How Important is it to Take a Bone Marrow Aspirate with Guidance?
POSTED ON IN Regenerative Medicine Education BY Christopher Centeno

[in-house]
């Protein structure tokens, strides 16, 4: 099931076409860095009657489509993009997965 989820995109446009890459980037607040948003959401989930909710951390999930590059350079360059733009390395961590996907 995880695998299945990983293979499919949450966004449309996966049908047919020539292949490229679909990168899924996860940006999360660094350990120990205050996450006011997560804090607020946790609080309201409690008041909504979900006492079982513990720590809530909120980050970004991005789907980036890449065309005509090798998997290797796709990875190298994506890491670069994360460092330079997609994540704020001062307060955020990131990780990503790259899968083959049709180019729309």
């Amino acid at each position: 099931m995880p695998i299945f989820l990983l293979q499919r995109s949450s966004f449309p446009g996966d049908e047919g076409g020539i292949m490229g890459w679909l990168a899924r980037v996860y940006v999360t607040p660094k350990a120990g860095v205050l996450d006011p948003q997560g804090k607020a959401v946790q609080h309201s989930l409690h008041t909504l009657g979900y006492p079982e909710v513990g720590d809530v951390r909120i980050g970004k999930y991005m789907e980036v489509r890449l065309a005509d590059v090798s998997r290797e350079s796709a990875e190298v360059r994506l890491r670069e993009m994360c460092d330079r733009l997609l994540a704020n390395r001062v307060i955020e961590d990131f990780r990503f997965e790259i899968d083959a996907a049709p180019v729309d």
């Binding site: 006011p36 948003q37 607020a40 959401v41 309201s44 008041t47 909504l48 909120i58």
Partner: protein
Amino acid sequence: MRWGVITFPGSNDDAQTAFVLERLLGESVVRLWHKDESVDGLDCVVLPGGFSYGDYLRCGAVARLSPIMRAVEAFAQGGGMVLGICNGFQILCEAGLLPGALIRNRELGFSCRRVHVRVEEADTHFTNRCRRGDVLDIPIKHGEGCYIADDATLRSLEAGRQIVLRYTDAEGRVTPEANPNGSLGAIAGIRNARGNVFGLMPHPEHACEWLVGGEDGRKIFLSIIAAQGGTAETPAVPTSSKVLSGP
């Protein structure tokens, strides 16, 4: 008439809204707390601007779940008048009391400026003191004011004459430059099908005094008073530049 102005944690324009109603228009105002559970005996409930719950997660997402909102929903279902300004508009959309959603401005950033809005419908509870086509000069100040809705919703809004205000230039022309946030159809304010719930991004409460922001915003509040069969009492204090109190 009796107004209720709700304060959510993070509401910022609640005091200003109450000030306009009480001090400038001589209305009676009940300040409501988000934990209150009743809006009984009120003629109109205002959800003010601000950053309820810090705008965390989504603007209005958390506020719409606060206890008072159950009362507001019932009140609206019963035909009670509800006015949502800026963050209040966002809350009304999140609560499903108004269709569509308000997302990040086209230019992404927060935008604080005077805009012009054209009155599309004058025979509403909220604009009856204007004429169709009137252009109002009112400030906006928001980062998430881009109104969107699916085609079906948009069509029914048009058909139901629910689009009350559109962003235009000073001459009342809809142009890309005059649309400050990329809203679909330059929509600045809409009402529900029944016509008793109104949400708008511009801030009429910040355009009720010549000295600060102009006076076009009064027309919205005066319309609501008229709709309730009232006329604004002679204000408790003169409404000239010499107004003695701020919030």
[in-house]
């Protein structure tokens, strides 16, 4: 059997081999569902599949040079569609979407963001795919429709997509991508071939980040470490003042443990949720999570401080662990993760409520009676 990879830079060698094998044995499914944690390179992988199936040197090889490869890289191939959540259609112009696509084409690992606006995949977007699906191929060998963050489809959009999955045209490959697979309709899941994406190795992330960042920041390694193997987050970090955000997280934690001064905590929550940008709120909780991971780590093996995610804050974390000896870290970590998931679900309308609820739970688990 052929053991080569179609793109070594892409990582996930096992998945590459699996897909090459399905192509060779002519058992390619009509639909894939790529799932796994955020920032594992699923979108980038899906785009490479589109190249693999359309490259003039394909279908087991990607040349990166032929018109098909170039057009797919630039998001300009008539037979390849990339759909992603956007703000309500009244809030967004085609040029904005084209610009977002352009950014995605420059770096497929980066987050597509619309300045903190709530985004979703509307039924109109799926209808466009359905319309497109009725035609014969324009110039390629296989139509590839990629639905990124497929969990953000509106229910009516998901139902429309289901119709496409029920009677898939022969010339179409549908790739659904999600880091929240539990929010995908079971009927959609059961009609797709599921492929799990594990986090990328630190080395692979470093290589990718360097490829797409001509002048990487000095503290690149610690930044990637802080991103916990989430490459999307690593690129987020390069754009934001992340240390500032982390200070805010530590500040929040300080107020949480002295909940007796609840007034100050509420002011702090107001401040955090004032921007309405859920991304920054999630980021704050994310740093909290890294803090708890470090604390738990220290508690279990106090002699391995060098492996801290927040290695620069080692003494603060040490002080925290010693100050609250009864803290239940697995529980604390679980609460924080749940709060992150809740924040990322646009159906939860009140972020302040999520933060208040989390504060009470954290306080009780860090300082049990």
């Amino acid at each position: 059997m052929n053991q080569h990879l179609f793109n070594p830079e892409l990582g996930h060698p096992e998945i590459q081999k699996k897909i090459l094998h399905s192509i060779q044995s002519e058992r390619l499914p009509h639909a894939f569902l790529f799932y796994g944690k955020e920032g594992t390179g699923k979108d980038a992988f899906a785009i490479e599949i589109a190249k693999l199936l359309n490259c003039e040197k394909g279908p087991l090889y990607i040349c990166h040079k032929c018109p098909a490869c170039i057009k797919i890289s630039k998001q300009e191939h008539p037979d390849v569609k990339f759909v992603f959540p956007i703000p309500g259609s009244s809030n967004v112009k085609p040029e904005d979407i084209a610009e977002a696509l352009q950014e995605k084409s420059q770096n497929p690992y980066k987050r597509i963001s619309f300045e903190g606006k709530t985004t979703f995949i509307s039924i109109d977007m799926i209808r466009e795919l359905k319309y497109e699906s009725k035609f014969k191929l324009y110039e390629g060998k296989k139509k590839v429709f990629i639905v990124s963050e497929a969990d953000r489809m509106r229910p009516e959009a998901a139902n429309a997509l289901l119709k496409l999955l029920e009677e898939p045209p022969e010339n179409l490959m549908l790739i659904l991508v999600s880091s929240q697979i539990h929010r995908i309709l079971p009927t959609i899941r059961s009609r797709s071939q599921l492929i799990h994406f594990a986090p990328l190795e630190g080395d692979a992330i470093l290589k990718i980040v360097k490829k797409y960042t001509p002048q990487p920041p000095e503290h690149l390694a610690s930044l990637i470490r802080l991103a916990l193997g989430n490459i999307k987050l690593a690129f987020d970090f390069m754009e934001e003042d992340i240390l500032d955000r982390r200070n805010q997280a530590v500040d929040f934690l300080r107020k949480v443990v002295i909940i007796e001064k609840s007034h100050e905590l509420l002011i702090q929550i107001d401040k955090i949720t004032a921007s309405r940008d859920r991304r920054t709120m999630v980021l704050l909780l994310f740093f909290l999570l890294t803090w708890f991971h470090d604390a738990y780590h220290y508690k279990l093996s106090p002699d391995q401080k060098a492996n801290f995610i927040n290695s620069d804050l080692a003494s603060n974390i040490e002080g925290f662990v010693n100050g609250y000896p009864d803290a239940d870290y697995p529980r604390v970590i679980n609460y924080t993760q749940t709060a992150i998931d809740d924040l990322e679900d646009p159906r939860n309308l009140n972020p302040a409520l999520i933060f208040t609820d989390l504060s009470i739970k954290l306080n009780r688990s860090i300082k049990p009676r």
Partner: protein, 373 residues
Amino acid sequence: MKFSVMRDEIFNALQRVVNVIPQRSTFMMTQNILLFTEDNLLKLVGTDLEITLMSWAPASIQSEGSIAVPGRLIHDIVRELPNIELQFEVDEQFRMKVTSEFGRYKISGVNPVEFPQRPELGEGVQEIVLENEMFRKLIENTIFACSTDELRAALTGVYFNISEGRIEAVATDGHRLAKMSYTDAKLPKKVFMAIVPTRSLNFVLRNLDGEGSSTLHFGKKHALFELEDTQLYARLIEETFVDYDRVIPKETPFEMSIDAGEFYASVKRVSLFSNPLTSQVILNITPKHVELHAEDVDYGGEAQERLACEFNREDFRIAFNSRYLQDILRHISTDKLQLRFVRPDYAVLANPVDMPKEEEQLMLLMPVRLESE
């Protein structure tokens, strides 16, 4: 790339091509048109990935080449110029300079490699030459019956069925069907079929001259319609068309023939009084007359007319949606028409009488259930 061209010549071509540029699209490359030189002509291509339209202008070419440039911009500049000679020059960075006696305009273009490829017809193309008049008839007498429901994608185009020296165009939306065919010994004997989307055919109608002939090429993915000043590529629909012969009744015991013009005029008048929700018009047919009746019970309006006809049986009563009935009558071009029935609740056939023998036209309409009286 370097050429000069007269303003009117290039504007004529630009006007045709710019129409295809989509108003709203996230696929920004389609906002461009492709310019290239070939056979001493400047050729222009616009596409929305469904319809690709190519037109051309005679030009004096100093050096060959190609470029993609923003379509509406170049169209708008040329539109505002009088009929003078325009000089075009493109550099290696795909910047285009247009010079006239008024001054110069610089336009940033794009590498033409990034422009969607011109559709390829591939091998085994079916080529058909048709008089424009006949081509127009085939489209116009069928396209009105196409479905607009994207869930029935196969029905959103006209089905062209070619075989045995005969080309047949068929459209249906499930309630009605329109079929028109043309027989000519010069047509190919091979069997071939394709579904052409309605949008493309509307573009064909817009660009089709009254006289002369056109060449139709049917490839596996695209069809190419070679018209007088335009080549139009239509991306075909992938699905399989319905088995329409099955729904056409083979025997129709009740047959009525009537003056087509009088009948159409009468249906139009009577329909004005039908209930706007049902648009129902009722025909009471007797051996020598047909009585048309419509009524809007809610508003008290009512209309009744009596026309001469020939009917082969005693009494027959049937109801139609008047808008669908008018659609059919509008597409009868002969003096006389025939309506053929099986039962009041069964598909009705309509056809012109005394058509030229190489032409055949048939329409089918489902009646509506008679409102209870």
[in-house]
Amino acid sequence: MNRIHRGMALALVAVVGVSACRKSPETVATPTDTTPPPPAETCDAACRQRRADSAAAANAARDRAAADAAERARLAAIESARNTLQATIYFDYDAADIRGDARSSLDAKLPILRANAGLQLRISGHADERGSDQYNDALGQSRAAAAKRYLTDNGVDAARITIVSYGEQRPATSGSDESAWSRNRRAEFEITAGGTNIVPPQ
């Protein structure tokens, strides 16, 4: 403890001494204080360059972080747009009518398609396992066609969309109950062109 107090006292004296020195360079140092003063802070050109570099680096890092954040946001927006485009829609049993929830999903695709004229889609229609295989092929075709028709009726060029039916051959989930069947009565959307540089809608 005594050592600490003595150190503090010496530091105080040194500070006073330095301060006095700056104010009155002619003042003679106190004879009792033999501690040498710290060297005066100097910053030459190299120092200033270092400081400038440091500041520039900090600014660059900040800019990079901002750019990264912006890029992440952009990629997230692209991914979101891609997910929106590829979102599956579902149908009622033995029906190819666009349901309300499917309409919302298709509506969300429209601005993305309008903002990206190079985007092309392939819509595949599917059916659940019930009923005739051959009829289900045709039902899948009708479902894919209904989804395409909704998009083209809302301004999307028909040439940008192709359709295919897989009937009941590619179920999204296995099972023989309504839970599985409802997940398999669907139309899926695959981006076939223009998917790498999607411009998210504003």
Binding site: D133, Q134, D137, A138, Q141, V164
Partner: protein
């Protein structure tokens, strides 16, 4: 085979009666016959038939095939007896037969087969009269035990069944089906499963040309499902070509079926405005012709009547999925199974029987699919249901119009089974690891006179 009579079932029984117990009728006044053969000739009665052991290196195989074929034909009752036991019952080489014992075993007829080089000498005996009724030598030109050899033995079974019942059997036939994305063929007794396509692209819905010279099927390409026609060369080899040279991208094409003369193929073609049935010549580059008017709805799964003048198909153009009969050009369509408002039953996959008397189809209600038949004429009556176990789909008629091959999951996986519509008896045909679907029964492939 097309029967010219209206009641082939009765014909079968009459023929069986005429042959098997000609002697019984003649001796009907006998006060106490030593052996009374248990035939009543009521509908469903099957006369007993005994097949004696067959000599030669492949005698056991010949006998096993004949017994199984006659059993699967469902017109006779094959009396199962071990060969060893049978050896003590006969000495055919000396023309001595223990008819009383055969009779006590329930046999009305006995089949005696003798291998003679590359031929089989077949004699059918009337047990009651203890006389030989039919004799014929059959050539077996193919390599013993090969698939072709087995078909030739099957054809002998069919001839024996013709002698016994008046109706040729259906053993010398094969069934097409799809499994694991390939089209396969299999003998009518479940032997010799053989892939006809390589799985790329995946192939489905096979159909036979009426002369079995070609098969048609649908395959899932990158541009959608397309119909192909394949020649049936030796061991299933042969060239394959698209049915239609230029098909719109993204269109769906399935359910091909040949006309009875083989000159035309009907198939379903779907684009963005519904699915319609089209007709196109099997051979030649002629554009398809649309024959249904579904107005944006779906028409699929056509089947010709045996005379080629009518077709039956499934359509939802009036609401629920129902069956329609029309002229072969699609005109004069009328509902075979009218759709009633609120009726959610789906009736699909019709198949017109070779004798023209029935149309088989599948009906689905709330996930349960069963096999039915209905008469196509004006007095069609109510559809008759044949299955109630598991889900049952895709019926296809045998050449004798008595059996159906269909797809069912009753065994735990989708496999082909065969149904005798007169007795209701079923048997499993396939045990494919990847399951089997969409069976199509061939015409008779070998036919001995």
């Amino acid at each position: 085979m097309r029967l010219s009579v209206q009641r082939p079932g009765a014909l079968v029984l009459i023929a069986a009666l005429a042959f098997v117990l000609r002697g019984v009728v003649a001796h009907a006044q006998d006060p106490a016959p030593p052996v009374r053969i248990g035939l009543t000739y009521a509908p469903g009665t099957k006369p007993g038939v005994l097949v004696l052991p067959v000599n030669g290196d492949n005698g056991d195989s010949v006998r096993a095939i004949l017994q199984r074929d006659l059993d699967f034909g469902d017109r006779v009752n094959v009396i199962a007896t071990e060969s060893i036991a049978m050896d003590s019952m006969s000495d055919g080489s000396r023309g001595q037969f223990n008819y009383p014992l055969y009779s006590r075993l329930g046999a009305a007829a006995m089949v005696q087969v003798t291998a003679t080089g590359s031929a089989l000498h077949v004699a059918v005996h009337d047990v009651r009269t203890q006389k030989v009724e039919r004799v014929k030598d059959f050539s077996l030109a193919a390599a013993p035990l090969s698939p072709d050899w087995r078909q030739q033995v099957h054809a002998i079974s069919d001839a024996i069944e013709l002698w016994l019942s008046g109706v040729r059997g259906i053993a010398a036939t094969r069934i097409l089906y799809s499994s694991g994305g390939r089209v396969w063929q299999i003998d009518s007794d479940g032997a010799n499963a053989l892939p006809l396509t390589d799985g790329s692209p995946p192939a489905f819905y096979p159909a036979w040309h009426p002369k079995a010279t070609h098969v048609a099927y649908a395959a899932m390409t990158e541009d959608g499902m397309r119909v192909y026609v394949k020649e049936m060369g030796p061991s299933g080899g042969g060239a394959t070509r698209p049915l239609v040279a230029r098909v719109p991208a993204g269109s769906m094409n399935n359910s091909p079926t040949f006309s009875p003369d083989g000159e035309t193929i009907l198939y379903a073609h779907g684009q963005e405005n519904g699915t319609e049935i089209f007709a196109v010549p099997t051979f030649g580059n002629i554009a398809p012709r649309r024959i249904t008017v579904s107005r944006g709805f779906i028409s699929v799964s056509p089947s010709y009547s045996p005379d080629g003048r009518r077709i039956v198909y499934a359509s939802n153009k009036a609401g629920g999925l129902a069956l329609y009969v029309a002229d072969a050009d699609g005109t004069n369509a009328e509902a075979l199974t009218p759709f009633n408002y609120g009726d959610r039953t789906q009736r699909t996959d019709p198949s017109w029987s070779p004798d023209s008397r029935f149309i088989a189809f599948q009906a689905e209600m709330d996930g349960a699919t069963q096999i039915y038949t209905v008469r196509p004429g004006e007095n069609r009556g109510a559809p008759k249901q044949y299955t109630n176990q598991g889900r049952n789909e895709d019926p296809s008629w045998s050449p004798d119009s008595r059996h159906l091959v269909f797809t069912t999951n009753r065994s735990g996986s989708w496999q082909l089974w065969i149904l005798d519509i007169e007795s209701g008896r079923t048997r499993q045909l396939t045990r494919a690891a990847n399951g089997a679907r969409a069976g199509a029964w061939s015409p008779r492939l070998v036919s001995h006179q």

We see more and more patients calling us these days who finally have a few local options for bone marrow stem cell therapy for their orthopedic problems. As the original clinic in the U.S. doing this work, we applaud this expansion of options for patients. However, we also continue to hear from patients that physicians are performing these procedures without any type of imaging guidance. Imaging guidance means that the doctor can see where the needle is going. This is doubly important in the procedure used to harvest the stem cells: a bone marrow aspiration. While many physicians who are just starting to use bone marrow stem cells to treat things like knee, shoulder, hip, ankle, and hand/foot problems may believe they can take an accurate bone marrow aspirate without knowing where the needle is located, a simple anatomy review will show why this isn't the case. Above you can see a slice through the PSIS area of the back of the pelvis (near the dimples of Venus). This is the most common bone marrow aspiration site to obtain stem cells. Note that the red arrow points to a section of the bone that's paper thin and that the green arrow points to an area where it's very thick. These areas are very close together, such that a needle that happens to get into the thin area will get no bone marrow (which is located inside the bone), but simply go through and through the bone, leading to a slow draw of blood that contains few of the stem cells sought. However, a needle that is guided to the correct thick area can easily tap into the bone marrow space and collect stem cells. How did we learn this? 5 years ago as we started to culture cells, we learned it the hard way. A sample from the thin area produced no measurable cells in culture, while a needle into the thick area produced good cultured stem cells. The upshot? When taking bone marrow, a "blind" procedure (without fluoroscopic or ultrasound guidance) is likely to sometimes collect no stem cells. In addition, since the bedside centrifuges used by many physicians have no way to measure what's obtained (unlike a full level 3 lab), the doctor never knows he's just taken a bad sample that won't help the patient, as a bad sample looks just like a good sample!
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